Apologies to those who are squeamish about birth stories, or who are preparing to go through childbirth for the first time (I'm looking at you Little Mama C!)
Some things you never forget . . . .
The day dawned sunny, warm, and sticky - late June would not be forgotten or ignored. I was heavy with the humidity and my body's nine months' work. I was ready to be finished with gestation; I was done with all of the dull throbbing, the aches, the burning muscles, the sweaty neck, the itchy skin so impossibly stretched beyond its usual girth.
I was scheduled for an induction, and I was not thrilled with the prospect. I wanted to be done, but I wanted to be done on my own terms, my own schedule. I still had not relinquished my grip on the dream that I had control over how and when my child would be born. I had been induced with The Boy - aka The Child Who Applied For Permanent Uterine Residency - and everything went very well. So well, in fact, that I figured the Wheel of Fortune was bound to spin around and land on Heinously Long and Painful Labor Induction. I am nothing if not an optimist.
My fears were not quelled by the fact that we had to call the hospital four times to see if they had any room for us. Apparently, people were pushing out newborns like it was going out of style, and since I was not in active labor, I was persona non grata. I told Rob that if they told us to call back one more time, then he could tell them to forget it, I wasn't coming. Then I rolled over and sobbed into my pillow, because I was upset that the induction I didn't want was not going to happen after all. Stupid hormones. He called one more time. This time they said, "Sure , come on over. We'd love to have you." As if they had been hanging out there, breathing on their nails and buffing them on their scrubs all day, just waiting for someone to have a baby to liven up the place.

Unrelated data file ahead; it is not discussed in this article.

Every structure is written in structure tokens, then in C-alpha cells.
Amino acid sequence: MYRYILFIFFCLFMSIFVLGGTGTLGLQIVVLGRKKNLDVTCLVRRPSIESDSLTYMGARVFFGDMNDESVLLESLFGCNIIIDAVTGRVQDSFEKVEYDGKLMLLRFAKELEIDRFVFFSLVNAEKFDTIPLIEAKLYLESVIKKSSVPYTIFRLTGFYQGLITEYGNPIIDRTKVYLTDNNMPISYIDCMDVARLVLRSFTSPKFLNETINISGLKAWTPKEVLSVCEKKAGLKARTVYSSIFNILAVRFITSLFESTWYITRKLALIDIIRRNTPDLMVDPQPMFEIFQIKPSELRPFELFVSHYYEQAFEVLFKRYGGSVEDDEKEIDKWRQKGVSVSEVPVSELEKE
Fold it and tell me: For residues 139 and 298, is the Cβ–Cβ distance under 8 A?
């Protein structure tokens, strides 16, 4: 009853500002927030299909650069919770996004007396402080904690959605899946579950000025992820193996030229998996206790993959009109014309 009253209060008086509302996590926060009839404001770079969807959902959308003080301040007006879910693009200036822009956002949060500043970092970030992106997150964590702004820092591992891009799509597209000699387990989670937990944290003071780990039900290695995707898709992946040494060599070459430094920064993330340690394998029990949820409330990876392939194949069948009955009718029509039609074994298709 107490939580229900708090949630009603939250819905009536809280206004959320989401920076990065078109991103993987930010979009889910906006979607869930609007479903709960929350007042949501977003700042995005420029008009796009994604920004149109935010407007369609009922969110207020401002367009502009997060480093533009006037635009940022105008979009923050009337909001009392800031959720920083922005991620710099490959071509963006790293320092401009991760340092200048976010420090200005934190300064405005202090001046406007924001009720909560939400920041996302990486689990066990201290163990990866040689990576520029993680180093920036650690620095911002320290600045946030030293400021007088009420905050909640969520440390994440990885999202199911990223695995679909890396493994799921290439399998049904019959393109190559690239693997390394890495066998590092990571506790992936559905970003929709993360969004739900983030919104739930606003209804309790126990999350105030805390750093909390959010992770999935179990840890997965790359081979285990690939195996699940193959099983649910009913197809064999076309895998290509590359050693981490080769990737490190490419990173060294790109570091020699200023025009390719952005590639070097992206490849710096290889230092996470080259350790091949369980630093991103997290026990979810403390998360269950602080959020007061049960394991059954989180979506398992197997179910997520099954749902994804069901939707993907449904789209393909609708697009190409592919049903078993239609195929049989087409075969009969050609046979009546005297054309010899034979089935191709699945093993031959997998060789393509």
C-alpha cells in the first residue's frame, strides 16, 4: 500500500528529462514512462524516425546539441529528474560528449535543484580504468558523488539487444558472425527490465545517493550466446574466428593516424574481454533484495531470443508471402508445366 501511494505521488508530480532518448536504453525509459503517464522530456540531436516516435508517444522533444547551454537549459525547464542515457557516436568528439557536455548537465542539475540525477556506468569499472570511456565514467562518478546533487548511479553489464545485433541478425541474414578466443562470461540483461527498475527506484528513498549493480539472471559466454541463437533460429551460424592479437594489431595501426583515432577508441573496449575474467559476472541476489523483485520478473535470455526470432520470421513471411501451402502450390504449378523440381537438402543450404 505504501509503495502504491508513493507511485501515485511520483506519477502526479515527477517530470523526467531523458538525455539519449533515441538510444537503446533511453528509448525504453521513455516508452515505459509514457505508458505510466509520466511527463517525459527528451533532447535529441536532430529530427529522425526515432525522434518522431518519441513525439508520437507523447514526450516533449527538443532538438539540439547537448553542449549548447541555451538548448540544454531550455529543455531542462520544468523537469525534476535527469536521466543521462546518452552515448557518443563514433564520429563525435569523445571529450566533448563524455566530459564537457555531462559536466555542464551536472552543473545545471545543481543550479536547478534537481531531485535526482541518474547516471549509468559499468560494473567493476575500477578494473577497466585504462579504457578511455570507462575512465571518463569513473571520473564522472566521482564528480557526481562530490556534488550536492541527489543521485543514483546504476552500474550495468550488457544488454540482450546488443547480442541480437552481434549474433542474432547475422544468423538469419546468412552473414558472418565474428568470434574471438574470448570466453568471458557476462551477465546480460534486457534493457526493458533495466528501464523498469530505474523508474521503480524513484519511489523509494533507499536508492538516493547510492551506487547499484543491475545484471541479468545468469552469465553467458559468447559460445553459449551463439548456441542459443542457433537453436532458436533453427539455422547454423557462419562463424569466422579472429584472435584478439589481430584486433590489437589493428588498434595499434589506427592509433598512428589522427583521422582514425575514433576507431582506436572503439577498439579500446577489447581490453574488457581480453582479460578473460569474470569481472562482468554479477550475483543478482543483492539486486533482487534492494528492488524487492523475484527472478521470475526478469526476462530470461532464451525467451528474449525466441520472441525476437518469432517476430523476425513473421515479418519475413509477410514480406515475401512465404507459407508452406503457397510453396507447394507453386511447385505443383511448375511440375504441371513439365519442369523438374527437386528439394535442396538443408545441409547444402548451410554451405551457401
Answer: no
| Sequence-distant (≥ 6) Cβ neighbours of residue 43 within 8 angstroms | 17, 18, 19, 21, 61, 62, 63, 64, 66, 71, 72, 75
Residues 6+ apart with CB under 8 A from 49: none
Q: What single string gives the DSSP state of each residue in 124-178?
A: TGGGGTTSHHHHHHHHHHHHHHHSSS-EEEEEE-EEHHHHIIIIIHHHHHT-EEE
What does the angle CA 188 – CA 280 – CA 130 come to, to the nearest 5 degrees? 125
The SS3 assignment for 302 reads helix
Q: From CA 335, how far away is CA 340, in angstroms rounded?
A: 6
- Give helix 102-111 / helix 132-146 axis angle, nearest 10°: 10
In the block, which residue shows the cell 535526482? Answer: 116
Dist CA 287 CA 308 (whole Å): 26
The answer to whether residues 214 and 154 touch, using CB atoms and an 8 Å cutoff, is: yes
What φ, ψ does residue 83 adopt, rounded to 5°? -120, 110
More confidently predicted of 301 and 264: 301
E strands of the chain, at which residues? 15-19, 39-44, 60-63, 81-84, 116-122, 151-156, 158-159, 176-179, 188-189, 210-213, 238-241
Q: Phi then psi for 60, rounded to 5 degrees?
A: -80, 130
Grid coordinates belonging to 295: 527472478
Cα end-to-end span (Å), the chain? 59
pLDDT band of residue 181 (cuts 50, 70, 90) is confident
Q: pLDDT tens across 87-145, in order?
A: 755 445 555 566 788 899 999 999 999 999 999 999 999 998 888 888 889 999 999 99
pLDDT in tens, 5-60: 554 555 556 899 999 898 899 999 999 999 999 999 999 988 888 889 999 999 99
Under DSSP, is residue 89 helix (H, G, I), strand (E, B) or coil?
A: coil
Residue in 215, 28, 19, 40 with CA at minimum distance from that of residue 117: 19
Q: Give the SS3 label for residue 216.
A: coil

We left my mother with Older Girl (who back then was Only Girl) and The Boy, and drove into the hospital to have the baby. Since I was already four centimeters with nary a contraction, and this was my third baby, everyone predicted a swift labor. I came perilously close to punching people in the mouth, just knowing that they were jinxing me - dooming me to an eternity of stalled dilation. I was scared that the pitocin was not going to work, or that it would work too well and my uterus would just explode from the force of the contractions. Either way, it sounded uncomfortable.
My mood lightened when I met my nurse. She was funny, warm, and an easy talker, but not pushy or nosy. She knew when to chat and when to just slip in, get her "numbers," and slip back out. I liked her so much that I wrote I heart Cindy on my bag of pitocin. When she told me I had pretty hair, I may have asked her to go steady, but I'm not sure.
We started out at with low level of pitocin around 2 pm, since I was already dilated and even the hospital janitor seemed to think I would have the baby in about 3.7 seconds. While everyone chatted about how we'd have a baby in time to get a dinner tray from the cafeteria, I prepared myself for a lengthy labor resulting in a c-section. Again with the optimism.